December 30, 2021

While at Wimberley Market Days in early December to shop at my friend Cynthia’s booth, she told me about a must-see garden boutique in the town center called Ceremony. My friends and I made a beeline for it right after a catfish lunch along Cypress Creek.

Ceremony entices with exuberant and creative plant displays that spill off the front porch and onto a gravel patio along the street. The day we visited, a two-man band was playing guitar and singing on an elevated stage outside the store. Confession: I hadn’t been to Wimberley in a few years, and I remembered the shops as being, well, a little old-fashioned or Texas kitsch. But there’s an eclectic, hipper vibe these days, and I enjoyed exploring the whole area. Ceremony was definitely the highlight for this garden lover.

Cool planters packed with otherworldly cactus are parked out front, turning the shop’s exterior into a container garden.

Cast-off machinery and other metal objects stand like sculpture, awaiting your own creative repurposing. I coveted this metal ring propped up by a meringue-like chunk of limestone holey rock.

A big aloe looking cool in a cylindrical galvanized pot

Tentacle-like cacti droop from soil-filled niches in a juniper tree trunk. Every space around the shop is planted up.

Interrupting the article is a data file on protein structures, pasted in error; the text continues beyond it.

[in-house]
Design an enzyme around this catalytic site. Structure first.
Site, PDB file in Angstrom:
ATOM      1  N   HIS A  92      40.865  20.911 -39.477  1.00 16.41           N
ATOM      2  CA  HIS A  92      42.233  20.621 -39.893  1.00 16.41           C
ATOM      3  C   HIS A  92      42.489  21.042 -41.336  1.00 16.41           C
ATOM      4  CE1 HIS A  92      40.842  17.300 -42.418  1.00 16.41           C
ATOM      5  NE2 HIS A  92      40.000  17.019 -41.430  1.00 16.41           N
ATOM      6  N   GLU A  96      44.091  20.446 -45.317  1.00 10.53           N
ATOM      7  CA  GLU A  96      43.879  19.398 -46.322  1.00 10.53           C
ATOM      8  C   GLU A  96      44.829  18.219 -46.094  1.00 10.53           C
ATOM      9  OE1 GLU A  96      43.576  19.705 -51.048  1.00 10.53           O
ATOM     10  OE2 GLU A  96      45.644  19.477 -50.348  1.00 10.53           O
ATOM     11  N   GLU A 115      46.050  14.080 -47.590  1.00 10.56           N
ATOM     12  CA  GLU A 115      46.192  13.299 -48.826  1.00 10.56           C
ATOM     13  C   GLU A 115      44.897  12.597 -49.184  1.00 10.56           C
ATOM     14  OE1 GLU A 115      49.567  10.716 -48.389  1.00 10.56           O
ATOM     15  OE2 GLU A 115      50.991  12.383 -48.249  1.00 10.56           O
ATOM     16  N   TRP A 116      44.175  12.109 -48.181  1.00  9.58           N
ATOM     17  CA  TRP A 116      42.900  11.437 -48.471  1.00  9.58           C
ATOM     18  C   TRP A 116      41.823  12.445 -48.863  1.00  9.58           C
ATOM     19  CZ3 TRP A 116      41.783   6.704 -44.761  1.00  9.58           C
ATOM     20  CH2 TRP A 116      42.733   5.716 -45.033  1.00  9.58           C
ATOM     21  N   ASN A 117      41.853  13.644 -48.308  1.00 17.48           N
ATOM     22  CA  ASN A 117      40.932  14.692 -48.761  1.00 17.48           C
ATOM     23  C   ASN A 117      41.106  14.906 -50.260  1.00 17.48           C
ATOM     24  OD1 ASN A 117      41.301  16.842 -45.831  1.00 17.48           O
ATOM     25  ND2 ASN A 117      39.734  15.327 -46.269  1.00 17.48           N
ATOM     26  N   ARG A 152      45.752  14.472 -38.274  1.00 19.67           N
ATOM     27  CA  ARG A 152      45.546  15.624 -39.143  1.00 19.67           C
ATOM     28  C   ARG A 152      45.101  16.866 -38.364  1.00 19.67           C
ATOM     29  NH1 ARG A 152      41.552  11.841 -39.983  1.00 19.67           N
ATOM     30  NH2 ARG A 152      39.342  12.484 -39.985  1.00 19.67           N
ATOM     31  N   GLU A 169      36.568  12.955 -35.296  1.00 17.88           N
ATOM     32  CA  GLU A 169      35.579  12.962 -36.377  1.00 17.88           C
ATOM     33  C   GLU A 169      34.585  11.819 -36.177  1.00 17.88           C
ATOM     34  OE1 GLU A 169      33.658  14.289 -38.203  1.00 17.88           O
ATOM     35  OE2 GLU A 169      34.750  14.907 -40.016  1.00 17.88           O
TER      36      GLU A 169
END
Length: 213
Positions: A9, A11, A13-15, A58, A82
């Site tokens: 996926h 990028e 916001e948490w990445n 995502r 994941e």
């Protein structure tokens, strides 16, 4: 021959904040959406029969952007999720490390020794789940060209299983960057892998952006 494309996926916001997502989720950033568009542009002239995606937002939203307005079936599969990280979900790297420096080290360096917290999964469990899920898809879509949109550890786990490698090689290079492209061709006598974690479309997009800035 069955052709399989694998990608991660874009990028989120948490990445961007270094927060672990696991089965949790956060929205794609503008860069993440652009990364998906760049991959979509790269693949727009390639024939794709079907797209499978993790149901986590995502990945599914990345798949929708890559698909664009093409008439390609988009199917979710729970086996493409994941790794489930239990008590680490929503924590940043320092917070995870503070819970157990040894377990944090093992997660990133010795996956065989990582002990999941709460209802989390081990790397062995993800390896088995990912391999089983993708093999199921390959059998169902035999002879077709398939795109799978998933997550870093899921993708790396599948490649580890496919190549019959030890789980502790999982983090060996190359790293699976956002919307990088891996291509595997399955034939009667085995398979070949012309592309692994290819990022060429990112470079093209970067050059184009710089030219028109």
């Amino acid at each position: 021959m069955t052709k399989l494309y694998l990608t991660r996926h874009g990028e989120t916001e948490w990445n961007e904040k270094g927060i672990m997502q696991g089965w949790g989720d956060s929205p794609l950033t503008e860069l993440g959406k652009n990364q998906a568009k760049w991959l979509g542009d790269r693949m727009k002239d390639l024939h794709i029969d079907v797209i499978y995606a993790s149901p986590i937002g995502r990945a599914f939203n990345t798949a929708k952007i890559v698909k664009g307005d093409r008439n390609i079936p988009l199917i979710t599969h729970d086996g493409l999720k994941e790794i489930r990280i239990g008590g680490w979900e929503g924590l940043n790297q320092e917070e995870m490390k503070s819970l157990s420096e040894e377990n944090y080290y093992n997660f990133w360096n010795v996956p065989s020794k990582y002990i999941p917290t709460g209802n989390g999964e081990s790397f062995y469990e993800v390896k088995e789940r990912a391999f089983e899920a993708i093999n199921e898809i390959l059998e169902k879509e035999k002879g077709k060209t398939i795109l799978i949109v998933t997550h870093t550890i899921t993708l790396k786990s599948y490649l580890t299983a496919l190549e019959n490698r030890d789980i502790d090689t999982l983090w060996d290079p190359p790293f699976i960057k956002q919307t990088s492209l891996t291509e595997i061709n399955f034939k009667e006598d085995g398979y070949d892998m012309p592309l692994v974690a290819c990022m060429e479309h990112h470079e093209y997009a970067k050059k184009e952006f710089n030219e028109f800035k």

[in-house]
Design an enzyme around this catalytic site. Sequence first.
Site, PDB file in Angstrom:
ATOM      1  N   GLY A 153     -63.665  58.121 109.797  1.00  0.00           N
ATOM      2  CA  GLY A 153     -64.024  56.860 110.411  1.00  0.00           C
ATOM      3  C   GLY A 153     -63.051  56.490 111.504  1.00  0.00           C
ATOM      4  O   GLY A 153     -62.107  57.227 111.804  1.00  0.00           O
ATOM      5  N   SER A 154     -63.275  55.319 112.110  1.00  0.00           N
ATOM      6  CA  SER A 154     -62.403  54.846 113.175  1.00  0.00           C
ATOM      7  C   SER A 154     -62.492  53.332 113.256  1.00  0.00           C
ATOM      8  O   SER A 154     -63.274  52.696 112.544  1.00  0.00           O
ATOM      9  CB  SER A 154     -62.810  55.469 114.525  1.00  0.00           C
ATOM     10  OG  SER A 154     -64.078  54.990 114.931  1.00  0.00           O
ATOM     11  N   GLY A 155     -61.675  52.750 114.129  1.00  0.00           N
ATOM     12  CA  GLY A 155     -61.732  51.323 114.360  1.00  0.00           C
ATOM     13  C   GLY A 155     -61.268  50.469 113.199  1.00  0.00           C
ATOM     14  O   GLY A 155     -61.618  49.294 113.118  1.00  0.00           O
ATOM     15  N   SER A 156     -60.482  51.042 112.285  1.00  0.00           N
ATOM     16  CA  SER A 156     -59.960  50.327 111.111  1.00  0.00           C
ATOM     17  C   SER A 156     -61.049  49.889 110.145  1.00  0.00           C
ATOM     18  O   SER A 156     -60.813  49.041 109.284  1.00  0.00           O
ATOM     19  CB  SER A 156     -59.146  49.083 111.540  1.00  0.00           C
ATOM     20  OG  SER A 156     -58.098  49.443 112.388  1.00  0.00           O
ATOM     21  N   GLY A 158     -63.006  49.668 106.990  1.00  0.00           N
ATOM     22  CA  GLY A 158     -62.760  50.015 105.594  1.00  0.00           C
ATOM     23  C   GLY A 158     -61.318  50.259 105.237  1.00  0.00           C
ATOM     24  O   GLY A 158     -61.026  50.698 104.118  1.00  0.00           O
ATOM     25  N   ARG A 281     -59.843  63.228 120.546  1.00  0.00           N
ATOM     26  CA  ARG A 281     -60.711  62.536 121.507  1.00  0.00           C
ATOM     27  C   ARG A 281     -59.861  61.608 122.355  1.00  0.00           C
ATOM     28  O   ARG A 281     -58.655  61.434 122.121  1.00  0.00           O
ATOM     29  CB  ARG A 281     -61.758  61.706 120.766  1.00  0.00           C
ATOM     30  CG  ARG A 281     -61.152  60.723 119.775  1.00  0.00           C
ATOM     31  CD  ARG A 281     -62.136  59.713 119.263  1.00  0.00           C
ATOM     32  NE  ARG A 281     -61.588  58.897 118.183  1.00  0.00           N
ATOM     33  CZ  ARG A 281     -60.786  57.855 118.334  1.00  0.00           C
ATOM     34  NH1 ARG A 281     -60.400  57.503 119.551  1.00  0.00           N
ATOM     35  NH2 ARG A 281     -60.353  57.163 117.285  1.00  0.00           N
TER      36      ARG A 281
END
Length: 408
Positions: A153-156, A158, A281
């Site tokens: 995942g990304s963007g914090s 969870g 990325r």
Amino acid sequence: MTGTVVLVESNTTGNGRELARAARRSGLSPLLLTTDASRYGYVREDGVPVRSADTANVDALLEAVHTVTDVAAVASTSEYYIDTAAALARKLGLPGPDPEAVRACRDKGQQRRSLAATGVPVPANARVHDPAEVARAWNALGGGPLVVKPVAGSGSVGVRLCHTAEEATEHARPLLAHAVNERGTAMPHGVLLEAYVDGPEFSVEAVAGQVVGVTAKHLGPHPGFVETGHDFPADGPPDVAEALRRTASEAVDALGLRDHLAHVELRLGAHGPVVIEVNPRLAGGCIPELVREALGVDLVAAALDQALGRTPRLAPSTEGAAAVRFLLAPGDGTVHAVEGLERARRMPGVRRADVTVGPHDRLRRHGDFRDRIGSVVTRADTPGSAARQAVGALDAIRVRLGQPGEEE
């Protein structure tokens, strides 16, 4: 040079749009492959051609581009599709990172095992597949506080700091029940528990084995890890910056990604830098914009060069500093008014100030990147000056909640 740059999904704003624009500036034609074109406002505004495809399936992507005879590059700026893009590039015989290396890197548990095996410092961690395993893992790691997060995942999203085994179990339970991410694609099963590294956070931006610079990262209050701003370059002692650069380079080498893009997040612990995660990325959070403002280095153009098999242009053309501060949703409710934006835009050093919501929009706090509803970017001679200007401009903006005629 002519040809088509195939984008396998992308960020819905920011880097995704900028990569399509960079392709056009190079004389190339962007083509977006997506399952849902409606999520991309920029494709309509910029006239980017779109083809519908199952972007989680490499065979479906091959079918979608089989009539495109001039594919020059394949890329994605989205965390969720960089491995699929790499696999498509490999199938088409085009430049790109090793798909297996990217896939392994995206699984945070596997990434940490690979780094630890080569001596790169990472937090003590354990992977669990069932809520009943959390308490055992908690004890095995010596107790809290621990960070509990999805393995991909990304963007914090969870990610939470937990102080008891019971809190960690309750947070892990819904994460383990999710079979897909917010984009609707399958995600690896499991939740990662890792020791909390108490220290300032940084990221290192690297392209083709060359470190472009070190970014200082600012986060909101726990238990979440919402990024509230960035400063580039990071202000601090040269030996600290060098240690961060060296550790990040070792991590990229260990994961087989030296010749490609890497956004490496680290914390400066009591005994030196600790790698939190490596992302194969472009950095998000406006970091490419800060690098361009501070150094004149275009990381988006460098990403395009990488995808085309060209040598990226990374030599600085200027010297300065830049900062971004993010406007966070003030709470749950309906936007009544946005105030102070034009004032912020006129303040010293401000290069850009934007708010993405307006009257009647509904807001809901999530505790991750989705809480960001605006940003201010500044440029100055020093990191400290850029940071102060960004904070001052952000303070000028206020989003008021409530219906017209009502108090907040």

A big metal funnel filled with cascading succulents makes a wonderful hanging planter.

On the porch, eye-catching displays of plants draw you in. Look at that gigantic metal spring-turned-pedestal!

Ceremony’s motto is “Respect the ritual,” which an article in the Hill Country Sun delves into:

“Jessica Brasher, who writes the blog for Ceremony, [says], ‘Plants are the reason any of us are here on this spinning globe anyway, [and] shifting the idea of caring for them from a chore to an act of service uplifts us all. It’s that small bit of daily care-taking that is behind the meaning of Ceremony’s mystical maxim.'”

Inside, several rooms contain shelves and shelves of potted plants…

…pretty seed packets and candles…

…pots and decor.

I adored these little terracotta face pots and bought one. Later I realized from the tag that it’s a mezcal shot glass made in Mexico. It now lives on my bar tray.

Ceremony carries a lot of houseplants…

…but I suspect their buyer most loves succulents and cacti.

An old sink or planter table is turned into a dripping water feature, with a white mannequin hand dipping its fingers into the pool.

Plants and pots and glass bottles for rooting

Chunky glass pot necklaces too

A display of terracotta pots and tillandsias in a back room

As the cashier rang up my mezcal cup, I noticed a horse skull with a tillandsia spilling from its eye socket.

A handwritten note explains: “This was Albert, an Irish Draft Horse. He was approximately 4 years old and lived in the 1860’s -Authenticated by Charlotte Cambridge, equine dentist”

Um, hello, Albert.

Back outside, I was drawn next door — still part of Ceremony? I wasn’t sure — to a collection of recycled architectural pieces.

There were also pipes and tubs clearly begging to be upcycled into one-of-a-kind planters, and more plants for sale.

Alongside the shop, a rusty-metal fireplace mantle leans against a stone chimney, with succulents and other plants creating a floral tableau.

All it needs is sansevieria flames where the logs would be lit.

I loved this, can you tell?

Over the fireplace, a distant cousin of Albert — a cow skull, in fact — hangs like art, with tillandsias tucked in like living hair ornaments.